Tuesday, March 19, 2013

Launching a Discussion



      So the U.S. House, on essentially a straight party vote, defeated an attempt to raise the   minimum wage on Friday(3-15-13). On the flip side there is no maximum wage and the ratio  between the highest and lowest has grown exponentially as marginal tax rates on the wealthiest among us have been diminished dramatically since Eisenhower left office.



      Where are our religious leaders on this extraordinary concentration of wealth and extreme inequality? Are they beholden to the wealthy like so many other institutions, that they dare raise their ire? Justice requires courage.



      It’s time we discuss a national wage ratio. Rich people can get richer under such a plan only if they bring up the poorest amongst us. What’s a reasonable ratio 10:1? 20:1? 100:1? Let the discussion begin, but the 1 per cent and the 0.1 percent have too much in a world where too many struggle for enough.

This was the 150 word letter to the editor sent Monday upon reading about the House vote. I've decided to face my own question head on. 

Let's start the bidding here.  I propose a 50:1 ratio between the highest income and the median household income. The median U.S. household income for 2011 was $50,500. That's the point above which 50% of the population lives and below which 50% of the population lives.If we round it off to $50,000 it makes any calculations a little easier. I cast my vote for taxing all income above $2.5 million at 100%. There is no justification that I can dream of that one individual should make more in one year than a typical family in our society makes over a lifetime of working. But in a world where so many have almost nothing, and so many are in constant state of insecurity, how can such wealth accumulation be morally upheld?

I've been listening to my first audio book [the print copy was checked out] by Harvard philosopher Michael Sandel, What Money Can't Buy: The Moral Limits of Markets. Sandel seems to argue (I'm not through yet so perhaps there's a shift coming) that when we put a price on everything there is a danger that we erode the norms by which we value things. While economists can find winners when we offer incentives, Sandel suggests we lose as a society, or at least that's what I'm inferring. He may be more cautious in making strong judgmental statements than I am here today. It would seem to follow that such emphasis on measuring everything in economic terms, with emphasis on its 'price', will diminish how we value things and demotes we humans to roles simply as  consumers. This would be problematic even in a world where everyone had enough and where there were no finite boundaries. But on the singular finite planet we share, with increasing extreme inequality, this seems like utter madness to this writer.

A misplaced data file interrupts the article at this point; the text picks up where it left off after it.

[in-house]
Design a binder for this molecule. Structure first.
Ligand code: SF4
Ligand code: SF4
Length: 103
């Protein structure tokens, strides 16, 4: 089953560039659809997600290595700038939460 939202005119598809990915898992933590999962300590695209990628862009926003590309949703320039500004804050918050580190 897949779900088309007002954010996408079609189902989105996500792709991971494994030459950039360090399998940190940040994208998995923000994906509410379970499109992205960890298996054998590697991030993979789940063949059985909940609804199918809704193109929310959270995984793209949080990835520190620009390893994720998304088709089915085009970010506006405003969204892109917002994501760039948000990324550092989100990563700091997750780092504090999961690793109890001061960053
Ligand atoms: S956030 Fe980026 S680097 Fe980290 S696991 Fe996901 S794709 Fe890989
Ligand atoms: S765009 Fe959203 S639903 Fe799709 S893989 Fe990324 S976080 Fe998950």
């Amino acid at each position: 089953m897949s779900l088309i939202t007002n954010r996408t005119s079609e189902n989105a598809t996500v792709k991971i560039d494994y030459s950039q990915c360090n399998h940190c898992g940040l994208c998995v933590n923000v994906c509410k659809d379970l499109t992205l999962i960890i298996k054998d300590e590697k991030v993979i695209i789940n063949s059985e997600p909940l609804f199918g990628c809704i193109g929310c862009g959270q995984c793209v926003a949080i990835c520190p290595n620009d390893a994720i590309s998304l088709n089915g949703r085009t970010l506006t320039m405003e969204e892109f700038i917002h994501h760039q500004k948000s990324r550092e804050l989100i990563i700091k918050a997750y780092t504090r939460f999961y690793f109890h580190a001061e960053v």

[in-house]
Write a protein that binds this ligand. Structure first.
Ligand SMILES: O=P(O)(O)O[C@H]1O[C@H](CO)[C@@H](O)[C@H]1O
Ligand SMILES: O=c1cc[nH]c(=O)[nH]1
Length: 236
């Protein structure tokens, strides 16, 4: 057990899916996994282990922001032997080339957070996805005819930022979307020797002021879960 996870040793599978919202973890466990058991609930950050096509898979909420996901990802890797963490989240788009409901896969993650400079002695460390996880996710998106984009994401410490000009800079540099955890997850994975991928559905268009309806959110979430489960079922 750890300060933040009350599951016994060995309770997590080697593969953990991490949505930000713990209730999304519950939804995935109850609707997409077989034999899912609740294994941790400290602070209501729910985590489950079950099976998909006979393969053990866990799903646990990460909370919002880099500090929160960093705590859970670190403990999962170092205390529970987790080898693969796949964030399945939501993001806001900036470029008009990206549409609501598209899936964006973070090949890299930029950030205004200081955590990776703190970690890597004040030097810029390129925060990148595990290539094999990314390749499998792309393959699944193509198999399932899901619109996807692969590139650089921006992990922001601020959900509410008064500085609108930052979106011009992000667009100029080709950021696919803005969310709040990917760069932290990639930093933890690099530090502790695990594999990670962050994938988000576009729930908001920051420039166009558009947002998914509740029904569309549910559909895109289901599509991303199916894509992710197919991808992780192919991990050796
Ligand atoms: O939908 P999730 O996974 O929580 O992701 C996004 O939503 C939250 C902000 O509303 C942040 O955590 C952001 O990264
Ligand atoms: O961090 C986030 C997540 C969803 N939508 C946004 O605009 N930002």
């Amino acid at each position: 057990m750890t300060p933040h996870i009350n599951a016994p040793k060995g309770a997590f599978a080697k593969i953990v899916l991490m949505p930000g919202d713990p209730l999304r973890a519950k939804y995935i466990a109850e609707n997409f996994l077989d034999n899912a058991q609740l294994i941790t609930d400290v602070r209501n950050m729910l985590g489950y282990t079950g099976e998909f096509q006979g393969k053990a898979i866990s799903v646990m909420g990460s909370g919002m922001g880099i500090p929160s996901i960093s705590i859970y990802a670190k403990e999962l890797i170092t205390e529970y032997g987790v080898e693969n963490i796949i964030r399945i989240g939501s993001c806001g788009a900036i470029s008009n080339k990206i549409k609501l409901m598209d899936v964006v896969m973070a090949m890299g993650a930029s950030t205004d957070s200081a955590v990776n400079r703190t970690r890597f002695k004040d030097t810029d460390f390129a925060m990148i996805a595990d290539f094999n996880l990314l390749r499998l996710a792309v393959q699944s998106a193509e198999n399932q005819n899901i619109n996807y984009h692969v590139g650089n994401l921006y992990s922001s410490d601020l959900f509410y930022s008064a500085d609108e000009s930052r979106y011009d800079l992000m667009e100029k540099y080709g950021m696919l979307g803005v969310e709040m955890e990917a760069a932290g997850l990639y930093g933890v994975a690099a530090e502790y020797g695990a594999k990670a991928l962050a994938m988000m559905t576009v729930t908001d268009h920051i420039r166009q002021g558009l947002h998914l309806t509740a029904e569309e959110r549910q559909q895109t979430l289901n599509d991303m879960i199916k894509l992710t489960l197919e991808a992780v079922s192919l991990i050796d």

The discussion of a maximum-to-minimum or maximum-to-median income ratio is likely not sufficient in itself to change our economic system towards a more sustainable one. But in the spirit of how I'm reading [listening to] Sandel, and before him Charles Eisenstein, Mohandas Gandhi, James O'Dea, Meg Wheatley, George Vaillant, Parker Palmer, Robely George, Amartya Sen, Raj Patel, Susan Davis, Jared Bernstein, Peggy Holman, Susan Neiman, Thomas Pogge, and Chris Uhl [see his just released book Developing Ecological Consciousness I blogged about yesterday] and others who have shaped my thinking the past few years, it could nudge us toward a new norm that aligns with Uhl's  subtitle for his new book : The End of Separation. Bernstein  made a similar distinction in his book All Together Now: Common Sense for a Fair Economy  between YOYO's and WITT's - You're On Your Own versus We're In This Together. Until that shift of norms take place I'm afraid we're moving towards a precipice the looms ever closer. 

Any action that can help us towards that new norm is likely a good move. That's my intention in opening the discussion on How Much is Enough and How Much is Too Much? All creative ideas welcome. The status quo is not acceptable.